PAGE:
But what does the future hold for exoplanets? When almost 350 exoplanet scientists gathered in Hawaii earlier this month, Space.com asked several of them what they were most looking forward to. Many expressed enthusiasm over the progress made in the field of direct imaging.

    This image shows the light from three planets orbiting a star 120 light-years away. The planets’ star, called HR8799, is located at the spot marked with an “X.” This picture was taken using a small, 1.5-meter (4.9-foot) portion of the [Caltech] Palomar Observatory’s Hale Telescope, north of San Diego, Calif. This is the first time a picture of planets beyond our solar system has been captured using a telescope with a modest-sized mirror — previous images were taken using larger telescopes. The three planets, called HR8799b, c and d, are thought to be gas giants like Jupiter, but more massive. They orbit their host star at roughly 24, 38 and 68 times the distance between our Earth and sun, respectively (Jupiter resides at about 5 times the Earth-sun distance).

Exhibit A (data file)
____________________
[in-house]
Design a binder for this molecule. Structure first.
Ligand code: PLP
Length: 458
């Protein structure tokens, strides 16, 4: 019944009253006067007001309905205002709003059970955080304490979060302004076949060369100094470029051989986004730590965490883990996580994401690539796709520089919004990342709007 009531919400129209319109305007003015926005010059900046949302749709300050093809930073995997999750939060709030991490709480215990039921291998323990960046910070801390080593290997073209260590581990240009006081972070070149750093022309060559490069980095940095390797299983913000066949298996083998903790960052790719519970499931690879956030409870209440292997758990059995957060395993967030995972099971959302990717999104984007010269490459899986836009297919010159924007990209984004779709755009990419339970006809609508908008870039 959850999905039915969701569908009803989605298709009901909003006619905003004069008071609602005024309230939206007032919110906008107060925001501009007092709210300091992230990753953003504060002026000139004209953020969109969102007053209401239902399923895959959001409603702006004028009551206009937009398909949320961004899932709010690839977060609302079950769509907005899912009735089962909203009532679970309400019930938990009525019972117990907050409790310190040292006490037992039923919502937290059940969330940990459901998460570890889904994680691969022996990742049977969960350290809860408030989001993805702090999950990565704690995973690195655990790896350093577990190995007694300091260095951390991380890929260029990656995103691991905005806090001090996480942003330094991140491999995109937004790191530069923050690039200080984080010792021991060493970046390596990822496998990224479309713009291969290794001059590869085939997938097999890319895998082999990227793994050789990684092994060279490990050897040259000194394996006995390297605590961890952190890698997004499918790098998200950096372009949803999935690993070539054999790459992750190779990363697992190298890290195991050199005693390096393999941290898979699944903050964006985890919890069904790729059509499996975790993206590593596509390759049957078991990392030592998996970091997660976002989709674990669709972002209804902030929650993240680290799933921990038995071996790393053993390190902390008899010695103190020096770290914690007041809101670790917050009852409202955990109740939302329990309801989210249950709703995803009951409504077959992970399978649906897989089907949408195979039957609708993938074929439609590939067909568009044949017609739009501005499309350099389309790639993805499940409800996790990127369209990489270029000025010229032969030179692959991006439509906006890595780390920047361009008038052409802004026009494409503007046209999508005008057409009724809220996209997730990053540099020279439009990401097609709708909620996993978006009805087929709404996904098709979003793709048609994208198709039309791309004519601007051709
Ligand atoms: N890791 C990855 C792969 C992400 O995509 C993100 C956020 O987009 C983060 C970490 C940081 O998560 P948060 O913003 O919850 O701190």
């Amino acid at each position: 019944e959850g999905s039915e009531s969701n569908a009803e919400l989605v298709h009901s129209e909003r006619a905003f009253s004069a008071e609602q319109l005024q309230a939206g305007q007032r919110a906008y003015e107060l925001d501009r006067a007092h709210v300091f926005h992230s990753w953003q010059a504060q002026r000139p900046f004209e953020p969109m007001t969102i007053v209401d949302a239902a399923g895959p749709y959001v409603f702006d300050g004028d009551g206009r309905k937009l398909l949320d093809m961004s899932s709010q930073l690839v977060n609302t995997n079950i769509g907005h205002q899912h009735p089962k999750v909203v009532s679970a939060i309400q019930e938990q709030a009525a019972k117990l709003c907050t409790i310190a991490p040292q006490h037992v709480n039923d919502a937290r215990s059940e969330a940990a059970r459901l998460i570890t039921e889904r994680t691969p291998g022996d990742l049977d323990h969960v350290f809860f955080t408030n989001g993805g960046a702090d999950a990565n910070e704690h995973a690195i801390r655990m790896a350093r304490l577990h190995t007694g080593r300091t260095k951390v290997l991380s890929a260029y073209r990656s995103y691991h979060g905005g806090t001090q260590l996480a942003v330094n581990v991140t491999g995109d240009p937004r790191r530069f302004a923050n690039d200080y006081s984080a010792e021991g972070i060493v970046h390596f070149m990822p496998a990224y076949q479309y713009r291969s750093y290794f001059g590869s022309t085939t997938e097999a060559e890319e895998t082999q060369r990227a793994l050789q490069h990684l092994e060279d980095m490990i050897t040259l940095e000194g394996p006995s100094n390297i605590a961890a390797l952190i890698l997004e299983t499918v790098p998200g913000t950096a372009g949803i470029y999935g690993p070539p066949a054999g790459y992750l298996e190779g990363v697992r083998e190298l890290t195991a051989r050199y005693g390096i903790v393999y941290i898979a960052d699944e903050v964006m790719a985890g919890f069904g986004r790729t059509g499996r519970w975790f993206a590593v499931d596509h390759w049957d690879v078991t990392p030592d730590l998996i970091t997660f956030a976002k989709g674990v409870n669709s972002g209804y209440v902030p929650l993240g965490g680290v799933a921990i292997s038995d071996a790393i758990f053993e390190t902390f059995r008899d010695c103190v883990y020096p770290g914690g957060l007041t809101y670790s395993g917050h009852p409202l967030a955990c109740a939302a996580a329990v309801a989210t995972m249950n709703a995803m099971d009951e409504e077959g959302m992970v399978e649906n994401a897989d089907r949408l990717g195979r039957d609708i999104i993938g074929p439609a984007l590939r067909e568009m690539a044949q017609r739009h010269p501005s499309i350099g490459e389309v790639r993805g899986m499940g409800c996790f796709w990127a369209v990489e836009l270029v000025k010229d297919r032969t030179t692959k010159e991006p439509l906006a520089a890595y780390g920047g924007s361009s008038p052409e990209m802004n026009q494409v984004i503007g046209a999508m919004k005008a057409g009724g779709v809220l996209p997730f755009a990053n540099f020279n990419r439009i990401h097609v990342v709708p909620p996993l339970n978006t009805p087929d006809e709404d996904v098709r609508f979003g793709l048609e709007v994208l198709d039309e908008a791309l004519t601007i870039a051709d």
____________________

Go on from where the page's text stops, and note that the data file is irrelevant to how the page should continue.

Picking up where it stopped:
Caltech Palomar 200 inch Hale Telescope
    Caltech Palomar Hale Telescope interior
    Caltech Palomar Hale telescope

    Beta Pictoris
    This composite image represents the close environment of Beta Pictoris as seen in near infrared light. This very faint environment is revealed after a very careful subtraction of the much brighter stellar halo. The outer part of the image shows the reflected light on the dust disc, as observed in 1996 with the ADONIS instrument on ESO’s 3.6 m telescope; the inner part is the innermost part of the system, as seen at 3.6 microns with NACO on the Very Large Telescope. The newly detected source is more than 1000 times fainter than Beta Pictoris, aligned with the disc, at a projected distance of 8 times the Earth-Sun distance. Both parts of the image were obtained on ESO telescopes equipped with adaptive optics.

    ESO 3.6 Meter Telescpe
    ESO’s 3.6 m telescope at La Silla


    ESO VLT Interferometer
    ESO/VLT at Paranal

    “The new technique now is direct imaging,” Sara Seager, a professor of planetary science and physics at the Massachusetts Institute of Technology, told Space.com.

    Sara Seager

    “It’s really like the start of a brand-new era of exoplanets.”